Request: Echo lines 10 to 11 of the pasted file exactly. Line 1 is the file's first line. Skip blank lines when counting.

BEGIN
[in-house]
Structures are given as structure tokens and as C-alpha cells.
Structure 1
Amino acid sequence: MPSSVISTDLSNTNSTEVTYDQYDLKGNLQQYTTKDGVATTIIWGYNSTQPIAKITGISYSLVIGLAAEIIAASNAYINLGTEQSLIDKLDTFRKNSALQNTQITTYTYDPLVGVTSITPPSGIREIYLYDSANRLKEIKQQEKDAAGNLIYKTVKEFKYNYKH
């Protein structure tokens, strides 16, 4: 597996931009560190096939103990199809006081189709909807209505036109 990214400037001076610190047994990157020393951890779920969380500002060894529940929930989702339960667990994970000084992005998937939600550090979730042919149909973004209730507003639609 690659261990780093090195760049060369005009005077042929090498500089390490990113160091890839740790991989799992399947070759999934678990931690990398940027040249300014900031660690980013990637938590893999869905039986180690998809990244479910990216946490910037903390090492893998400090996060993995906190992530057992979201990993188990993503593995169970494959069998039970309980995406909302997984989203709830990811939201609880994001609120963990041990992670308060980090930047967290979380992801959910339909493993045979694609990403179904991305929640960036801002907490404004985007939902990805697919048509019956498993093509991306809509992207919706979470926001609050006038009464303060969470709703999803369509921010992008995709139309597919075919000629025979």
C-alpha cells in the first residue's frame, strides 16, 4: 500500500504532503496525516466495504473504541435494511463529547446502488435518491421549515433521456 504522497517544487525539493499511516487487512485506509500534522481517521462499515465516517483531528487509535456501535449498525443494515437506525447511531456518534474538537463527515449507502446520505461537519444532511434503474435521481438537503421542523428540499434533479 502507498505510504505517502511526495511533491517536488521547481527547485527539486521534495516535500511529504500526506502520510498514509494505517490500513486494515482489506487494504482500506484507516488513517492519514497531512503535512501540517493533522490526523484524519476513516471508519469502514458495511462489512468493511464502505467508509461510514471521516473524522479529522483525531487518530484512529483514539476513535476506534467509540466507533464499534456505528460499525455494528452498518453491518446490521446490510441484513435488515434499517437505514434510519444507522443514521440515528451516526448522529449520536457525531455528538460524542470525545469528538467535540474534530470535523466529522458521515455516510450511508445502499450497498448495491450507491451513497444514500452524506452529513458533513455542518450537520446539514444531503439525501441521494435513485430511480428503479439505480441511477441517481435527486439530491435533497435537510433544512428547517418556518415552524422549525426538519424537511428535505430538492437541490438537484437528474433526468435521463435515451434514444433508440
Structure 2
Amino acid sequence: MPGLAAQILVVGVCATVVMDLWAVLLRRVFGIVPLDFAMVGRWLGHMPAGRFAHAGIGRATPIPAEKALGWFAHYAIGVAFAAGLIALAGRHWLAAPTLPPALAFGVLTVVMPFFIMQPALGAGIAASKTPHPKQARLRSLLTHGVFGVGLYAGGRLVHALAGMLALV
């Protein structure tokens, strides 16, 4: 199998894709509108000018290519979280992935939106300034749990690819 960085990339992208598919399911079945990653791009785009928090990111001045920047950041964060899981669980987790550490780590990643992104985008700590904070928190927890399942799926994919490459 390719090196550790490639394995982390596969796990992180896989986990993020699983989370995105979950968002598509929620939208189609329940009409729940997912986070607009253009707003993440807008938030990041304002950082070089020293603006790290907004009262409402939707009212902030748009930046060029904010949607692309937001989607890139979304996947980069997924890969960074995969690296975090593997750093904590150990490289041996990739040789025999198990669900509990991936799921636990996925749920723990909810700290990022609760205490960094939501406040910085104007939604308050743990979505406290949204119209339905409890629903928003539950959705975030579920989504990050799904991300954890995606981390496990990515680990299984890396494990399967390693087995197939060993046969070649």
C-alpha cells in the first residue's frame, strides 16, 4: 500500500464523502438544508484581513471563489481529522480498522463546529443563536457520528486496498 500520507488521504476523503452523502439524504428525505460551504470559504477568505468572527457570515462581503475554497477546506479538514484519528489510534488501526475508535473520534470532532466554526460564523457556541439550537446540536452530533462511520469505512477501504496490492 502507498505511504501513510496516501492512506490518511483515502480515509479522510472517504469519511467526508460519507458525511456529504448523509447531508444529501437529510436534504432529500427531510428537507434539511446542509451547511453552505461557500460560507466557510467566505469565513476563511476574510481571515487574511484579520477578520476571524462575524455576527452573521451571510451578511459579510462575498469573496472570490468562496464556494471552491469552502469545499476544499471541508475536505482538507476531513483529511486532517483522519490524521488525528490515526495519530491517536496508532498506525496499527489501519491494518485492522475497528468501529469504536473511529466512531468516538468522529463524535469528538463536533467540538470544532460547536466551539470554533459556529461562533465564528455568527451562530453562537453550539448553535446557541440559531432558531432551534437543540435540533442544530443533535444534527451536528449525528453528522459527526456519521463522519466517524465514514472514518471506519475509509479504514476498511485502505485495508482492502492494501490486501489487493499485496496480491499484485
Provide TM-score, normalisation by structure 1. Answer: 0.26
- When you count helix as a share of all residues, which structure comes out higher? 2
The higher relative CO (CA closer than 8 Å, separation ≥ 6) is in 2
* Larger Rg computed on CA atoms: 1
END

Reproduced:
C-alpha cells in the first residue's frame, strides 16, 4: 500500500464523502438544508484581513471563489481529522480498522463546529443563536457520528486496498 500520507488521504476523503452523502439524504428525505460551504470559504477568505468572527457570515462581503475554497477546506479538514484519528489510534488501526475508535473520534470532532466554526460564523457556541439550537446540536452530533462511520469505512477501504496490492 502507498505511504501513510496516501492512506490518511483515502480515509479522510472517504469519511467526508460519507458525511456529504448523509447531508444529501437529510436534504432529500427531510428537507434539511446542509451547511453552505461557500460560507466557510467566505469565513476563511476574510481571515487574511484579520477578520476571524462575524455576527452573521451571510451578511459579510462575498469573496472570490468562496464556494471552491469552502469545499476544499471541508475536505482538507476531513483529511486532517483522519490524521488525528490515526495519530491517536496508532498506525496499527489501519491494518485492522475497528468501529469504536473511529466512531468516538468522529463524535469528538463536533467540538470544532460547536466551539470554533459556529461562533465564528455568527451562530453562537453550539448553535446557541440559531432558531432551534437543540435540533442544530443533535444534527451536528449525528453528522459527526456519521463522519466517524465514514472514518471506519475509509479504514476498511485502505485495508482492502492494501490486501489487493499485496496480491499484485
Provide TM-score, normalisation by structure 1. Answer: 0.26